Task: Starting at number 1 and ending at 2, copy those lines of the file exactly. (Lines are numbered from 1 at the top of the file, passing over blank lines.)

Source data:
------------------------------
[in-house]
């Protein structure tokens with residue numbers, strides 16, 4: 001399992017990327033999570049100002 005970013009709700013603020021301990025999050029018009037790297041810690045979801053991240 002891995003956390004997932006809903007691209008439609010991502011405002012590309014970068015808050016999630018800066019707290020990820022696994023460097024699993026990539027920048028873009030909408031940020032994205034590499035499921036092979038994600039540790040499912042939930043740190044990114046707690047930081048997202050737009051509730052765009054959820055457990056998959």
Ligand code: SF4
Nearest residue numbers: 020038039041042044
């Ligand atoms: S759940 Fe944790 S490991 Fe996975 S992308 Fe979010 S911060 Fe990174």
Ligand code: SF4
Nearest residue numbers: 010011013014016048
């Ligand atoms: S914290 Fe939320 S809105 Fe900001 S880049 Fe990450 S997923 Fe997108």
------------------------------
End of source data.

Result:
[in-house]
């Protein structure tokens with residue numbers, strides 16, 4: 001399992017990327033999570049100002 005970013009709700013603020021301990025999050029018009037790297041810690045979801053991240 002891995003956390004997932006809903007691209008439609010991502011405002012590309014970068015808050016999630018800066019707290020990820022696994023460097024699993026990539027920048028873009030909408031940020032994205034590499035499921036092979038994600039540790040499912042939930043740190044990114046707690047930081048997202050737009051509730052765009054959820055457990056998959």